Prehistory (meaning "before we had written records," from the Latin word for "before," præ) is the span of time before recorded history or the invention of writing systems. Prehistory can refer to the period of human existence before the availability of those written records with which recorded history begins. More broadly, it refers to all the time preceding human existence and the invention of writing. Archaeologist Paul Tournal originally coined the term anté-historique in describing the finds he had made in the caves of southern France. Thus, the term came into use in France in the 1830s to describe the time before writing, and the word "prehistoric" was later introduced into English by archaeologist Daniel Wilson in 1851.
The term "prehistory" can refer to the vast span of time since the beginning of the Universe, but more often it refers to the period since life appeared on Earth, or even more specifically to the time since human-like beings appeared. In dividing up human prehistory, prehistorians typically use the three-age system, whereas scholars of pre-human time periods typically use the well defined geologic record and its internationally defined stratum base within the geologic time scale. The three-age system is the periodization of human prehistory into three consecutive time periods, named for their respective predominant tool-making technologies: the Stone Age, Bronze Age, and Iron Age. Another division of history and prehistory can be made between those written events that can be precisely dated by use of a continuous calendar dating from current and those that can't. The loss of continuity of calendar date most often occurs when a civilization falls and the language and calendar fall into disuse. The current civilization therefore loses the ability to precisely date events written through primary sources to events dated to current calendar dating.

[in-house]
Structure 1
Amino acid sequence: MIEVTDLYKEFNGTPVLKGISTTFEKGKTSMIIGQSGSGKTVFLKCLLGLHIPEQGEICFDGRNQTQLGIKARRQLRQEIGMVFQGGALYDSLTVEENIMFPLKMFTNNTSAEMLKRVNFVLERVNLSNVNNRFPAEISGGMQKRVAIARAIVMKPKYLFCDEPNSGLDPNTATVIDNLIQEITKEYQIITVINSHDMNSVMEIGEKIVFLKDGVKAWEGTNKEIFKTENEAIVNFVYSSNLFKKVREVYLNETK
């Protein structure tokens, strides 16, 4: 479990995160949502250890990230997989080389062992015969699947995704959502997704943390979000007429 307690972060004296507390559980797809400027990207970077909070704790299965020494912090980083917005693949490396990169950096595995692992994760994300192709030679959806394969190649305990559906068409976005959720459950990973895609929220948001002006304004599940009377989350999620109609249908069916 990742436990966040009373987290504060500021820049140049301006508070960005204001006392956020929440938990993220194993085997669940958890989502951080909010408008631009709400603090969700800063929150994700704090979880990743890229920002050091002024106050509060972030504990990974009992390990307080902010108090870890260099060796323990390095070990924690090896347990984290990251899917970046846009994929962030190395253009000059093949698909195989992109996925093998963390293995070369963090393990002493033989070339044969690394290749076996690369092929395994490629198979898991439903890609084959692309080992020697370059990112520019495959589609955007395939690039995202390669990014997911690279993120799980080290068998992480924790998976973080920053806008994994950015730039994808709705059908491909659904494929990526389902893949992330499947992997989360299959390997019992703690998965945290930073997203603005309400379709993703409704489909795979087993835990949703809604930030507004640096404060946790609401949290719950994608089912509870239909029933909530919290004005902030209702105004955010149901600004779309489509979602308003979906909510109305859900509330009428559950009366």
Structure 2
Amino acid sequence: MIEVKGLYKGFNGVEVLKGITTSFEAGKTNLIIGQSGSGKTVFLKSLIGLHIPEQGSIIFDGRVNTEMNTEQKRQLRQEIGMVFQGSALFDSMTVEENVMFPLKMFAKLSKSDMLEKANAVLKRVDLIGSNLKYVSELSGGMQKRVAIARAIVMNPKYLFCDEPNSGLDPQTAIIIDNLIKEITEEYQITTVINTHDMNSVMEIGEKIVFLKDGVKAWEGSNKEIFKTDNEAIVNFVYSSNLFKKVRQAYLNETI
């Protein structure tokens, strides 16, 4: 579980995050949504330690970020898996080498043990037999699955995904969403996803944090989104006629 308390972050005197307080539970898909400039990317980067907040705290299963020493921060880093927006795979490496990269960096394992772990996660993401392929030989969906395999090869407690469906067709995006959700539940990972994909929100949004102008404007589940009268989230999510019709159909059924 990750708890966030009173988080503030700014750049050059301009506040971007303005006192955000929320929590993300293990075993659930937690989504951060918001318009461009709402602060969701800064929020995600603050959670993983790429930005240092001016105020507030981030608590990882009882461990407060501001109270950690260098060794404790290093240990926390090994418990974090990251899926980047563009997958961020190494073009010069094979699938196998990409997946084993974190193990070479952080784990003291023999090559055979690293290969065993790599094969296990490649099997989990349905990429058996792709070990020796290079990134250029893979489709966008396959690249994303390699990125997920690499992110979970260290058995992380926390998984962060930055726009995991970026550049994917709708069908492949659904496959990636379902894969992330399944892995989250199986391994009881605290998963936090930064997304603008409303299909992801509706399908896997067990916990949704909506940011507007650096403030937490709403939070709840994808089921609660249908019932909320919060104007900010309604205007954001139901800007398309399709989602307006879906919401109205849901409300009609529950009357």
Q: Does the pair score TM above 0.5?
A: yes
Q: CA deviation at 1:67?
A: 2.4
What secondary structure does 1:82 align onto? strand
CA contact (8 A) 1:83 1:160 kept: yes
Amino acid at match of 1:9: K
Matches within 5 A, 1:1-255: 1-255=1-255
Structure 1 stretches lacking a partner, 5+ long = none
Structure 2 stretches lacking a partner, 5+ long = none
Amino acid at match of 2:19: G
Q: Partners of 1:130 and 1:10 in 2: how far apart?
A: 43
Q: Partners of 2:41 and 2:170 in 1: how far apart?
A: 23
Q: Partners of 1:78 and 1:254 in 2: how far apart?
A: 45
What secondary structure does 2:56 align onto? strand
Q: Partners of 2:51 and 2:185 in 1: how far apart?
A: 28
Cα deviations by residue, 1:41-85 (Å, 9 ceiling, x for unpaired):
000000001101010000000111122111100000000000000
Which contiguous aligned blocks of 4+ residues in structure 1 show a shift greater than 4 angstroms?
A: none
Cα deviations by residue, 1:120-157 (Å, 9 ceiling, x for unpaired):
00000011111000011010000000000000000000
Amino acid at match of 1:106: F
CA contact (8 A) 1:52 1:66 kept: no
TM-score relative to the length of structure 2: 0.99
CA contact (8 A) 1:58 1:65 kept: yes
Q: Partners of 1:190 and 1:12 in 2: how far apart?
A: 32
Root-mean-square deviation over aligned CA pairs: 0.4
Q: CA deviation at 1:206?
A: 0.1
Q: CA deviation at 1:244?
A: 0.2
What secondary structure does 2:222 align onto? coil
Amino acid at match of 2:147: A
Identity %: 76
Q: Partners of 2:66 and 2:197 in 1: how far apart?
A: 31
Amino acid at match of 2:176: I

Brittany (French: Bretagne [bʁə.taɲ] ( listen); Breton: Breizh, pronounced [brɛjs]; Gallo: Bertaèyn) is a cultural region in the north-west of France. Previously a kingdom and then a duchy, Brittany was united to the Kingdom of France in 1532 as a province. Brittany has also been referred to as Less, Lesser or Little Britain (as opposed to Great Britain). Brittany is considered as one of the six Celtic nations.
Brittany occupies the northwest peninsula of continental Europe in northwest France. It is bordered by the English Channel to the north, the Celtic Sea and the Atlantic Ocean to the west, and the Bay of Biscay to the south. Its land area is 34,023 km² (13,136 sq mi). The historical province of Brittany is divided into five departments: Finistère in the west, Côtes-d'Armor in the north, Ille-et-Vilaine in the north east, Loire-Atlantique in the south east and Morbihan in the south on the Bay of Biscay.